• Bitten by the whale watching bug Bitten by the whale watching bug We don’t realise how lucky we are in South Africa, and in particular the Western Cape, to have the mightiest of the marine mammals visit our coastline between every year ...
  • The Whale Trail The Whale Trail The Whale Trail is not a new trail, having been around since about 2002, but it has become extremely popular. It is truly a unique experience, perhaps comparable with ...
  • 10 Pamper-Perfect Spas in South Africa 10 Pamper-Perfect Spas in South Africa Combine your trip to South Africa with a relaxing, revitalising visit to a health spa and experience Africa at it's finest. Our favourite 10 Pamper-Perfect Spas in South Africa are ...
  • Locals share their favourite getaways Locals share their favourite getaways We ask 30 local South Africans to share their favourite holiday destinations and getaways with us. From the more popular destinations like Knysna and the Kruger Park to ...
  • The Oude Skip hike The Oude Skip hike The Oude Skip walk shares portions of its hike with the larger Karbonkelberg Traverse, which is roughly seven hours of hard walk from Hout Bay harbour to Llandudno ...
  • 10 Amazing Game Lodges 10 Amazing Game Lodges South Africa is world renowned for her game reserves and wildlife. The lodges which allow us to experience these in luxury are no less awe inspiring. Our favourites are ...
  • 101 Things to Do with Kids in Cape Town 101 Things to Do with Kids in Cape Town As much as your kids will tell you they can’t wait for the school holidays, the words "I’m bored" inevitably cross their lips. Our "101 things to do with kids in Cape Town" will ...
  • "World's most beautiful Cities" "World's most beautiful Cities" Open space makes Cape Town special. Renowned English sea navigator Sir Francis Drake once referred to Cape Town as the fairest cape in the world. The city houses the ...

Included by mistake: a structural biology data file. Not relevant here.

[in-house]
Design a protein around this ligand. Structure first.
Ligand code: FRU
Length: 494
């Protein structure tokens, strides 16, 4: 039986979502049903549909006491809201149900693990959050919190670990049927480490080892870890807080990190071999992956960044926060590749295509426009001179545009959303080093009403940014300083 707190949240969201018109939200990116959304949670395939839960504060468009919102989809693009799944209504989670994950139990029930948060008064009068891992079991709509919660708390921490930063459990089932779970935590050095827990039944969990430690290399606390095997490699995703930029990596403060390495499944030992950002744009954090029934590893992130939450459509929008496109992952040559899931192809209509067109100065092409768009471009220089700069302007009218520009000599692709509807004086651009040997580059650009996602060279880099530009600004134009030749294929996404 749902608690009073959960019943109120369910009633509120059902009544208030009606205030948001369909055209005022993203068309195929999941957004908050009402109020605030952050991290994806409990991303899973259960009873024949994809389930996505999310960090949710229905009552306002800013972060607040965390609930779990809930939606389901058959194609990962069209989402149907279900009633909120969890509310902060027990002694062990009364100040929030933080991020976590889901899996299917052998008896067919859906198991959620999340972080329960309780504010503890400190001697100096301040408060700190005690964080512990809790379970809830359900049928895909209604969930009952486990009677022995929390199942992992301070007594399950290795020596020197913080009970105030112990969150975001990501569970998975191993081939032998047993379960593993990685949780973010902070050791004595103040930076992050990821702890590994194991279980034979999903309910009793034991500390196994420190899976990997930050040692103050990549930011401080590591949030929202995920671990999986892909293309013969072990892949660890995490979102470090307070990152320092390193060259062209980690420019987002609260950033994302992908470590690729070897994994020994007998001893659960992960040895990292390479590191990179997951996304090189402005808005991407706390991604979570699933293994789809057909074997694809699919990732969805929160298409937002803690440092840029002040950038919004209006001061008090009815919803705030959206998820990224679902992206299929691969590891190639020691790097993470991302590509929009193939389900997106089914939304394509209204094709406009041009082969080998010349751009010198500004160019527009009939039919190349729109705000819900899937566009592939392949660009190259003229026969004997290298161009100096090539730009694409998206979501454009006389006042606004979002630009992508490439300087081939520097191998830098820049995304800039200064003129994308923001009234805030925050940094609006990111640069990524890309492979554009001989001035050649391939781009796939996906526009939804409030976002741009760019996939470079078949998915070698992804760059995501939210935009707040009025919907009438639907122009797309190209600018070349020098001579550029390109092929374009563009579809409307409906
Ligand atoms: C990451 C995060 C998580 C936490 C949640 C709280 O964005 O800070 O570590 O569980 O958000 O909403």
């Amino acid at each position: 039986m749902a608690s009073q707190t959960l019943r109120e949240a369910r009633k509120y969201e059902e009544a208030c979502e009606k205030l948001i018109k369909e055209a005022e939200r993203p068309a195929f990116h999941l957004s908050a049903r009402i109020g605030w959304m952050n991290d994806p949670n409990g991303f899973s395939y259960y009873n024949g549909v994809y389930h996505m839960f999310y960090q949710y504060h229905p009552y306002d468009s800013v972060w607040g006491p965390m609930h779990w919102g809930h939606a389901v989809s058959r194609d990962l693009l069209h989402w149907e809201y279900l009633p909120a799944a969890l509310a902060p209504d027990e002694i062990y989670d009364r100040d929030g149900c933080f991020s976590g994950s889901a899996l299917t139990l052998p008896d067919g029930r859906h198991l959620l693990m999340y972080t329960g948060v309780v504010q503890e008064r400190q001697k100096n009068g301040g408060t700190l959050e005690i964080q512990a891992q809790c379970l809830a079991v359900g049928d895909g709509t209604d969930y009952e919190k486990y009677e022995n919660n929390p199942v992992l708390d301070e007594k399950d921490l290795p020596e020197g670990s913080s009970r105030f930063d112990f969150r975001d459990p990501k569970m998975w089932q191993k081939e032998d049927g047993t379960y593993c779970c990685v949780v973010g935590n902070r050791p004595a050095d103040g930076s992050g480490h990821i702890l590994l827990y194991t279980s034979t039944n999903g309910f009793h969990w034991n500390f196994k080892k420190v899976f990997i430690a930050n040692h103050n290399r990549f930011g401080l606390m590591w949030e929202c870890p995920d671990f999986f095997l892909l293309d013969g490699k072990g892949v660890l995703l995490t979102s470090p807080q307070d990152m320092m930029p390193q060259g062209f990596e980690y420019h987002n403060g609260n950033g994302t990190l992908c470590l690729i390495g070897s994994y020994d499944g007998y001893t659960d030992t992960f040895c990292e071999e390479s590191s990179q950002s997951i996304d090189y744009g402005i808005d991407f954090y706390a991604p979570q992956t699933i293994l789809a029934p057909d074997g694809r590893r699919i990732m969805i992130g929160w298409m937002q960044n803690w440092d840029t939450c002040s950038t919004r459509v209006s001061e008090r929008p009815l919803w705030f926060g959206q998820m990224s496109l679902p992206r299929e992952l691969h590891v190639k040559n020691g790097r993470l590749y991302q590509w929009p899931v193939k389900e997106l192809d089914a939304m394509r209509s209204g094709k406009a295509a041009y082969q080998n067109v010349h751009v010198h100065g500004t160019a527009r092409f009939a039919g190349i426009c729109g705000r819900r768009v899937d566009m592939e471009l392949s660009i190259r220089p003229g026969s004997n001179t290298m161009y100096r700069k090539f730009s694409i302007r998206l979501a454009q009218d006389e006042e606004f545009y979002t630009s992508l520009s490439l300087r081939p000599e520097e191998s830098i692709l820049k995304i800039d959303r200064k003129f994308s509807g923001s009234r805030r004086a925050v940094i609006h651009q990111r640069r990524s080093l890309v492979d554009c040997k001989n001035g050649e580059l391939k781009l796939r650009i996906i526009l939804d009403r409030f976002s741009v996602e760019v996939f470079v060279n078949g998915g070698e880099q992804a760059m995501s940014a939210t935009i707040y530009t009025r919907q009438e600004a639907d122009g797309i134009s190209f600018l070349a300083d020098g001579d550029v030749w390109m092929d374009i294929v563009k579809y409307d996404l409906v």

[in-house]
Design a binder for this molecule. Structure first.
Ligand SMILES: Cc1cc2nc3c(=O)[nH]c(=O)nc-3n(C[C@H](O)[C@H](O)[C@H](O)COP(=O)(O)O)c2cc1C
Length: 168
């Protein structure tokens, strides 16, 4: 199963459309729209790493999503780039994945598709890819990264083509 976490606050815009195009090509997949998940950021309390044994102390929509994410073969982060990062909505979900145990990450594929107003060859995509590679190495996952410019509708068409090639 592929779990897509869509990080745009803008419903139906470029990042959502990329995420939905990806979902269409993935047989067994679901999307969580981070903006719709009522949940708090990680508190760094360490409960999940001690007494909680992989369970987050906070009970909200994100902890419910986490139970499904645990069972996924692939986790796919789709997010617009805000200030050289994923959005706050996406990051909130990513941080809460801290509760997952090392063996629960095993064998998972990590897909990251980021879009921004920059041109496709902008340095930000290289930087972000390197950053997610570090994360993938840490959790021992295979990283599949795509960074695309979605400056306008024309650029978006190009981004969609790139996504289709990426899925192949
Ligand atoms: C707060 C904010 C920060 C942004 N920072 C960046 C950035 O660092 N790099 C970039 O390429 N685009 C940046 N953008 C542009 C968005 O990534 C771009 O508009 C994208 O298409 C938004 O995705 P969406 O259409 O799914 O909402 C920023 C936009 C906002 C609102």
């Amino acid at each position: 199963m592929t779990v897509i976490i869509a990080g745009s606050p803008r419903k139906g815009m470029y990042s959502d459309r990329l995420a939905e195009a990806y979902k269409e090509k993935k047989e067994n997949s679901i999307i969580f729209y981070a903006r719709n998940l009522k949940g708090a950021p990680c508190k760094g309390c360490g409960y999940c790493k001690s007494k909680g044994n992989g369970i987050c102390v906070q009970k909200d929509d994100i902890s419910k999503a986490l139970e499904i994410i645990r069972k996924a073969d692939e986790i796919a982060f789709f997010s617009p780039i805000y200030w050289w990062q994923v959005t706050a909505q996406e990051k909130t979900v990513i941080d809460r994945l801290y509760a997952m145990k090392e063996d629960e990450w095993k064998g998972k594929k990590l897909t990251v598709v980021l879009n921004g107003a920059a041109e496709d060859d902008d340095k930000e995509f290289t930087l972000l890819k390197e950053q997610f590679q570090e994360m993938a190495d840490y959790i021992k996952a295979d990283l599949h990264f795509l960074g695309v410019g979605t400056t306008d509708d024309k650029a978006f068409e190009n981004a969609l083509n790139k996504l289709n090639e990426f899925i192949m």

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Activities and Things To Do

This category includes posts about activities and Things to Do ranging from extreme adventure (skydiving, shark-cage diving and other activities that will thrill excite adrenaline junkies), to more sedate past times such as shopping and eating out. Visit SA-Venues.com for thousands of Things to See and Do in South Africa or see accommodation in South Africa to find a place to stay for your African Adventure!

Thursday, 17 July 2014

The 8 best drinking holes in Cape Town

Cape Town is lively, sophisticated and one of the world’s 10 most loved cities at any time of the year. But in winter, when driving rain or cold can keep people from spilling out onto the pavements, finding the city’s favourite drinking holes is not as easy as cruising the streets to follow the crowd; the crowd is usually safely sequestered indoors.

We thought we’d be helpful and highlight our top trendy drinking holes in Cape Town, in the centre of the city… Continued

Tuesday, 15 July 2014

Living in Cape Town – The 15 best days

Just about any time spent living in Cape Town is better than living anywhere else (yes, I am unashamedly biased). Even so, there are some days that are even better than others. Guess that’s why we love living here so much… Continued

Thursday, 10 July 2014

Where to drink in Jozi – top 15 bars, pubs, clubs and restaurants

Jozi’s bustling nightlife has so much by way of eclectic and vibey restaurants, pubs, and clubs that making a choice is difficult.

We make it easy for you – Here is our guide on Where to drink in Jozi – top 15 bars, pubs, clubs and restaurants …
Continued

Wednesday, 2 July 2014

South Africa’s peace parks – top 5 parks that transcend borders

Peace parks, also known as Transboundary Protected Areas (TBPA), allow animals to migrate freely between neighbouring countries in a return to their natural migration patterns. They promote tourism and goodwill between neighbouring countries.

It is also a potential tool to save a deteriorating ecology. Once parties or countries involved realise the importance of biological diversity, they are more likely to co-operate.  Environmental cooperation, in turn, can help resolve political and territorial conflicts. Sharing physical space and management responsibilities sustains peace among countries.

Real-life examples of such successes include the Seslous-Niassa Wildlife Corridor, and the Emerald Triangle conservation zone in Indochina.